The legend of John Henry stands strong in American Folklore. Legend has it that Henry’s prowess as a steel driver was measured in a race against the new steam powered hammers being used to drill into rock to make holes for explosives to blast tunnels for the railroad back in the late 1800’s. In a battle of man versus machine, Henry outdueled the steam powered technology, only to die in victory with his hammer in his hands as his heart gave out from the stress. Where it actually happened, or if it even happened at all, will always be in debate but the legend will always be a firm reminder of how technology finds itself taking over tasks previously done by hand. (Image: John Henry, from the series American Folk Heroes, n.d., William Gropper. Data Source: Smithsonian American Art Museum)
What does this legend have to do with TLC and stewardship? For one thing, I love the tale and will always slip this legend into conversation where it fits. Secondly, we’ve began Phase II of our White Pines Nature Preserve trail building project. A John Deere excavator finds itself on point for phase II of the project, making it comparable to a man versus machine moment.
Phase I of the project was all hand-built trail, taking approximately 250 hours of volunteer and staff time across 12 different workdays throughout the spring and early summer. After all the dust settled, about 2,200 feet of new trail was laid out by hand. This averages out to a speed of 8.8 feet per hour for hand built trail in Phase I (2,200 feet divided by 250 hours). An average stride is just over two feet, so we built approximately four steps per hour, or two steps if you’re tall like me.
A volunteer helps build a bridge on the newly routed Gilbert Yager trail, photo by Leigh Ann Hammerbacher (July 2015)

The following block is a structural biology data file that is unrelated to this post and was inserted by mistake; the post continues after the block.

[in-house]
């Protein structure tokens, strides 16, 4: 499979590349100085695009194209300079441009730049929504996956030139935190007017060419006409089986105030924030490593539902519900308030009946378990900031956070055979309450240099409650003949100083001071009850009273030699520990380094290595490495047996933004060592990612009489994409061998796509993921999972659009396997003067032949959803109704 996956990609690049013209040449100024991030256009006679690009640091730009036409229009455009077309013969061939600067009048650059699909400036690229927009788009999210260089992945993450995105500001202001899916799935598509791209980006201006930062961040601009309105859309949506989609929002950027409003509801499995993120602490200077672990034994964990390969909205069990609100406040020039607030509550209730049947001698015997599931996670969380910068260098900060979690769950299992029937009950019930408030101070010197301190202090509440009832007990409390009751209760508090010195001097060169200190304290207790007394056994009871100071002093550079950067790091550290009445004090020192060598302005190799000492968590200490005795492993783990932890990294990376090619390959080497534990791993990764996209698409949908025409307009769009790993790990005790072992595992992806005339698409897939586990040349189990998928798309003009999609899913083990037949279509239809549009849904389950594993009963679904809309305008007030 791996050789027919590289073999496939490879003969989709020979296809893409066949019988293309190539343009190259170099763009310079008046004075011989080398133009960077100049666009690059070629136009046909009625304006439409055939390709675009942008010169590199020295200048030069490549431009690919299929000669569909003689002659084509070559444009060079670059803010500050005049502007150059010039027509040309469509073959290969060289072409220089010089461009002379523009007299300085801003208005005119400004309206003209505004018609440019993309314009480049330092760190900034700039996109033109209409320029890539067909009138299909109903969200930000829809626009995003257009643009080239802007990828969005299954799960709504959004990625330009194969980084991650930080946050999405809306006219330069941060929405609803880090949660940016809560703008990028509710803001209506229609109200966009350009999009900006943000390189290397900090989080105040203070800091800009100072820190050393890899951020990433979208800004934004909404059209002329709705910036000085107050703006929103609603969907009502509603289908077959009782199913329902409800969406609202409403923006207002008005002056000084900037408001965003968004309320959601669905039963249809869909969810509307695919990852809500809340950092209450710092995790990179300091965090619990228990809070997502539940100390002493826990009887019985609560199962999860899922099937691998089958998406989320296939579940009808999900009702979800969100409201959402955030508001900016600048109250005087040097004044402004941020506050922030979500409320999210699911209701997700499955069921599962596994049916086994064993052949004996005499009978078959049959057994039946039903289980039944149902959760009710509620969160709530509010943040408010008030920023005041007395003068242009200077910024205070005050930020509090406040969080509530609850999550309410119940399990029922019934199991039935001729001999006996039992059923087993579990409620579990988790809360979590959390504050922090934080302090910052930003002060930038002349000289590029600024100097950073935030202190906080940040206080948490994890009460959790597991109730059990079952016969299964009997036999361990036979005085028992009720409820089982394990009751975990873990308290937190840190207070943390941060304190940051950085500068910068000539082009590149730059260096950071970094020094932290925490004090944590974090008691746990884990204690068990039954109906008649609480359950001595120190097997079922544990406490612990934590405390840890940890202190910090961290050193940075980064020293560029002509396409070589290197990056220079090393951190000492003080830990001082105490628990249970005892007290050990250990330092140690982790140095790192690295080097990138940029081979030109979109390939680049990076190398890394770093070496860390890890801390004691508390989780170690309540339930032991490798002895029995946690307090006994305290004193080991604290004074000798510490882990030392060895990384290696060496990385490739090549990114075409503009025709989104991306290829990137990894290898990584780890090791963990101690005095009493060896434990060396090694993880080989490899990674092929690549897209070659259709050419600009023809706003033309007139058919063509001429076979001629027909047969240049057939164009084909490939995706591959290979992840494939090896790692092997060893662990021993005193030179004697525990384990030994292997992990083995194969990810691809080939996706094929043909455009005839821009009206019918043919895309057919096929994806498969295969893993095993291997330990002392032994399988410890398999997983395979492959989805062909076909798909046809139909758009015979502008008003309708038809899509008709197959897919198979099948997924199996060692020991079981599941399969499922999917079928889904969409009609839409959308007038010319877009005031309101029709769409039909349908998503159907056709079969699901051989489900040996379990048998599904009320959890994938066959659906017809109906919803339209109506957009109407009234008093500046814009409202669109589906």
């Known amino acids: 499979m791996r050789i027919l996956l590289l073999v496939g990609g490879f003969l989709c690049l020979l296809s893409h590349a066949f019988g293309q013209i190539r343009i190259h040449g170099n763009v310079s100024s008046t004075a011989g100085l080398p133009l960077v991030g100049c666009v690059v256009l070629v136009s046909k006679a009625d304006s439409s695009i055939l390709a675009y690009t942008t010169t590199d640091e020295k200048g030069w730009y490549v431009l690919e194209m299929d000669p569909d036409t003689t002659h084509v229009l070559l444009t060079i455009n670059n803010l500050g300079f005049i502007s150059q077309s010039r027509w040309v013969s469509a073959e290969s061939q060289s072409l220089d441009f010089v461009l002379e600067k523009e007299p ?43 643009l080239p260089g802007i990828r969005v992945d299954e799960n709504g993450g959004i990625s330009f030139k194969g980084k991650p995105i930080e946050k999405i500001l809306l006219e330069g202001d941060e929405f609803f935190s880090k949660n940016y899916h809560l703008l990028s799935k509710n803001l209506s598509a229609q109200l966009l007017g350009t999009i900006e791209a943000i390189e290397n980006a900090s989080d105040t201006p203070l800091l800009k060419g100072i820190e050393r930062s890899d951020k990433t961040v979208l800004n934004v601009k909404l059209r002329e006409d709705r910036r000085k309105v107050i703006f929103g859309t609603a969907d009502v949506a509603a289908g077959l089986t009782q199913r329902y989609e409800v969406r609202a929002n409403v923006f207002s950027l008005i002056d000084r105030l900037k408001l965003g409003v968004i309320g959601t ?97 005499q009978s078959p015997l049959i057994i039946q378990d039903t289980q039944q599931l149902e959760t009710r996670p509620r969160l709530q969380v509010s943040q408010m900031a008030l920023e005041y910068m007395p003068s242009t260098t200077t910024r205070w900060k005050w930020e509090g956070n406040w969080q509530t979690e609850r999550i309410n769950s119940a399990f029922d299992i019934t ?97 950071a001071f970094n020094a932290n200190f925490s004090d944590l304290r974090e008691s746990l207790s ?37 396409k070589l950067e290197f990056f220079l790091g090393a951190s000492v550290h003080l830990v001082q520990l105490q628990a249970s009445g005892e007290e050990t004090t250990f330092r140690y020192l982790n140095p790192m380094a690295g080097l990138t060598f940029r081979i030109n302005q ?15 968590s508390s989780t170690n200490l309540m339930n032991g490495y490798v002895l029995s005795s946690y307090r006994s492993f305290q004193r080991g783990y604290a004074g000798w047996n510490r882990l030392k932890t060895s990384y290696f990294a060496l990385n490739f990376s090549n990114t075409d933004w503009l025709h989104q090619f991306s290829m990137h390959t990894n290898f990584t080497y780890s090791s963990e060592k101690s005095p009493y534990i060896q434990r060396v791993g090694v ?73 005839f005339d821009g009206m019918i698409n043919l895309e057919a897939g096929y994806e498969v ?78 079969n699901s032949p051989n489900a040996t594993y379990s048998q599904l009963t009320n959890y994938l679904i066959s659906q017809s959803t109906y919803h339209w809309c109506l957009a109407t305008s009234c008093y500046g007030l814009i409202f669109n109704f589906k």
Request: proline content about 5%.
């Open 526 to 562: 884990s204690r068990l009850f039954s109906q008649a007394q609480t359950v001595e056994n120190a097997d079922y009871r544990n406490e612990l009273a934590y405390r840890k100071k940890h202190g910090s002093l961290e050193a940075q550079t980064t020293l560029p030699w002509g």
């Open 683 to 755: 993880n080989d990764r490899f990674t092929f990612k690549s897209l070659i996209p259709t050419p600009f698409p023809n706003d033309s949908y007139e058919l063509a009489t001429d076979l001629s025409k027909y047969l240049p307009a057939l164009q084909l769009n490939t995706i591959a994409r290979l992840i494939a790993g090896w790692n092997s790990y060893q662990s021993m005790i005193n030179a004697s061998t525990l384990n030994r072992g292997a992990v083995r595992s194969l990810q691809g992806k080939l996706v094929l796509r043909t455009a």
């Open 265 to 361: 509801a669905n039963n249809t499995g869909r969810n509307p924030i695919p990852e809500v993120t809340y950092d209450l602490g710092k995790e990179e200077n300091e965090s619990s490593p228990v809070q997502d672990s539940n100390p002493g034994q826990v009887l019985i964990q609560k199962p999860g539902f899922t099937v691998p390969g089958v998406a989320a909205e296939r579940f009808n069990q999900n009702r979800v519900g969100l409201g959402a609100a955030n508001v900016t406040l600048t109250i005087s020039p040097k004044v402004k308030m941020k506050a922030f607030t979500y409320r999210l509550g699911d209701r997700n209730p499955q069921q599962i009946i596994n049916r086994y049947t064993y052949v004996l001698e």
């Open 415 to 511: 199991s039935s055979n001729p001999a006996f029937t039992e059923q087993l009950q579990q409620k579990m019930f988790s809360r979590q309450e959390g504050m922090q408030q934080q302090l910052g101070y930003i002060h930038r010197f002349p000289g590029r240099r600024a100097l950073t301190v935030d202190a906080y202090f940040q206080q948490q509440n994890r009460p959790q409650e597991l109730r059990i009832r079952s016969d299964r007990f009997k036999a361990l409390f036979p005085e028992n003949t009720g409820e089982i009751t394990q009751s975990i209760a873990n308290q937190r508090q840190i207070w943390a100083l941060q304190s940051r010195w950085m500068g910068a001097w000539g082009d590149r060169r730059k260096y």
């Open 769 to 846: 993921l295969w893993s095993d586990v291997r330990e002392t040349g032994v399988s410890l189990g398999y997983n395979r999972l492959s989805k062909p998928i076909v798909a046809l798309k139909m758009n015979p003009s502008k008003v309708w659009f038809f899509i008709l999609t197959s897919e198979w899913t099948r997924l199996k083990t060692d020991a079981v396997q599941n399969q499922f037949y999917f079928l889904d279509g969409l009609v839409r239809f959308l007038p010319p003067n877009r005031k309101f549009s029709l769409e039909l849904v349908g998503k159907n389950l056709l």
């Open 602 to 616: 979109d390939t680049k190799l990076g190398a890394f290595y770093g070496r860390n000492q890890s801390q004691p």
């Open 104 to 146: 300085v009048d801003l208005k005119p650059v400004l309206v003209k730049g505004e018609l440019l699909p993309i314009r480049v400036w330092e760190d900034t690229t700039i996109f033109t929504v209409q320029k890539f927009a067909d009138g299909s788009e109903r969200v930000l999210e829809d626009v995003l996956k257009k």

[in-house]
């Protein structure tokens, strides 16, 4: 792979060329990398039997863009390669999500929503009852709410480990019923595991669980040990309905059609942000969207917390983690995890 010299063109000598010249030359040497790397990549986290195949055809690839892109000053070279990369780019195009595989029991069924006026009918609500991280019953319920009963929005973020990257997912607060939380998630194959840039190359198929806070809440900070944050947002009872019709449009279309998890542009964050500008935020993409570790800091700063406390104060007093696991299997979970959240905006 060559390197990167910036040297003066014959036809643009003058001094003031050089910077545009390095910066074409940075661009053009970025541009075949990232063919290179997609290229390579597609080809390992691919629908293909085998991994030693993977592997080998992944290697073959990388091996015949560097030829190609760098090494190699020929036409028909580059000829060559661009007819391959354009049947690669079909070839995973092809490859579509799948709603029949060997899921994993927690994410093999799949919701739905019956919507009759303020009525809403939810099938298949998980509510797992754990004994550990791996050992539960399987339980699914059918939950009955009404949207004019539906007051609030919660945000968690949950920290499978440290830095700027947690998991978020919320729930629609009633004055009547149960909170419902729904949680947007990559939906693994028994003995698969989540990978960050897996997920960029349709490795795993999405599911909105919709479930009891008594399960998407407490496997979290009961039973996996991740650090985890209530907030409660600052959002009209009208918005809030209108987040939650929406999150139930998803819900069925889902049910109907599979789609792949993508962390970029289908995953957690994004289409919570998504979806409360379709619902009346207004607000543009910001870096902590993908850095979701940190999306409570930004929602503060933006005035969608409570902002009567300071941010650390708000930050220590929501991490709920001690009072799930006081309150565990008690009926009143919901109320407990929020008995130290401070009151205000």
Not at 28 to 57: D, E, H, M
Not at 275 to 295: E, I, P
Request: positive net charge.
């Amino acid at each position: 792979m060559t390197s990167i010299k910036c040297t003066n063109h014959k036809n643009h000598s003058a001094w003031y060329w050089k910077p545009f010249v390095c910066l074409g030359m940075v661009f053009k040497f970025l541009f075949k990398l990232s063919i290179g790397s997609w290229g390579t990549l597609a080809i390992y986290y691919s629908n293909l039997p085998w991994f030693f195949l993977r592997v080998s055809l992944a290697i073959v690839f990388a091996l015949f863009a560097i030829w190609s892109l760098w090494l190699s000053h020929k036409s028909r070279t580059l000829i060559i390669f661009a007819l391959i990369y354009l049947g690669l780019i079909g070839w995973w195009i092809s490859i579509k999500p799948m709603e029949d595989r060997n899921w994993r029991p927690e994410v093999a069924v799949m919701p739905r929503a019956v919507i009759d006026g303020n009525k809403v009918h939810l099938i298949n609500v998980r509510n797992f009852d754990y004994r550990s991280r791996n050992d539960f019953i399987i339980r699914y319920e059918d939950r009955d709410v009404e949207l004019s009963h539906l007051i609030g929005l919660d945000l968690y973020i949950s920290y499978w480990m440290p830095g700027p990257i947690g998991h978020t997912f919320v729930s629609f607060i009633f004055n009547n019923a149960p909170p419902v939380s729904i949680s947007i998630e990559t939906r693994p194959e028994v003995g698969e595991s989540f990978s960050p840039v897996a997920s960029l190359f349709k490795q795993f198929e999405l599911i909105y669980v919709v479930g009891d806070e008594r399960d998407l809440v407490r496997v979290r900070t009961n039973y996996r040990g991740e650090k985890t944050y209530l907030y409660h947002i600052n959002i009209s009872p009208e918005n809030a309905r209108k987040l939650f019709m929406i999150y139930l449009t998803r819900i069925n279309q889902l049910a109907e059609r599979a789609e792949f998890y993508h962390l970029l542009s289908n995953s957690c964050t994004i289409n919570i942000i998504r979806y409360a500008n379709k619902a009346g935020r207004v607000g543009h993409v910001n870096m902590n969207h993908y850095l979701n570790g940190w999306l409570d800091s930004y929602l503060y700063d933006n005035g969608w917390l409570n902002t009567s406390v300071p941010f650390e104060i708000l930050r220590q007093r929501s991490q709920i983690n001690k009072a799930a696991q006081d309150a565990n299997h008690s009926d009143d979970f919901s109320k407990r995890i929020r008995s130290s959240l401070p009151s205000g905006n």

Phase II goes from a gentle side slope to a steep slope requiring a significantly larger amount of digging to create the trail. While these conditions would have drastically slowed the pace (probably by half or greater) of hand dug trail, we’ll compare them as it is. Phase II was completed by machine in roughly 110 man hours and is about a half mile, so that’s 2,640 feet. Doing the math with my trusty calculator, we averaged 24 feet per hour, nearly 3 times faster than hand dug trail.
Stewart Bryan of Native Trails expertly crafts the trails during Phase II with an excavator
These numbers may not be as technical as baseball statistics, but they do paint an interesting picture. When you manage any resource, you must be flexible and smart in the tools you use. I didn’t throw these numbers down to say all trail should be machine dug, and I hope our awesome volunteers don’t think that right now. We have six open preserves with trails, and two more opening in the upcoming years. Part of utilizing resources in our trail work involves looking at projects and understanding if our volunteers are capable of handling the task, or if volunteers and staff alike would burn out quickly from digging nearly a foot into the side-slope to build sustainable trail. Put deadlines of grants and funding in the mix, and you have yourself quite the management puzzle. But hey, if it were easy, there’d be no fun in doing it, right?
Nevertheless, I encourage you to go to White Pines Nature Preserve and check out the amazing trail system we have down there. The White Pines trail branches off the main kiosk (with the maps) and the newly routed Gilbert Yager Trail enters the woods just down the parking area at the second kiosk. Thanks to the new trail signage recently installed throughout the preserve by a local Boy Scout Troop (thank you Troop 806 from Sanford!), you’ll easily find your way down the mountain-like slopes to the Deep and Rocky Rivers. With white pines towering around you, a few longleaf pines dropping their huge cones, and beautiful mountain laure, all within sight of our new trail, you’ll enjoy your trek through one of the most unique trails in the Triangle. When you do, let me know what you think of our work! Send your comments, reviews, or reports of any issues to [email protected]
A Longleaf Pine just off the Gilbert Yager trail at White Pines Nature Preserve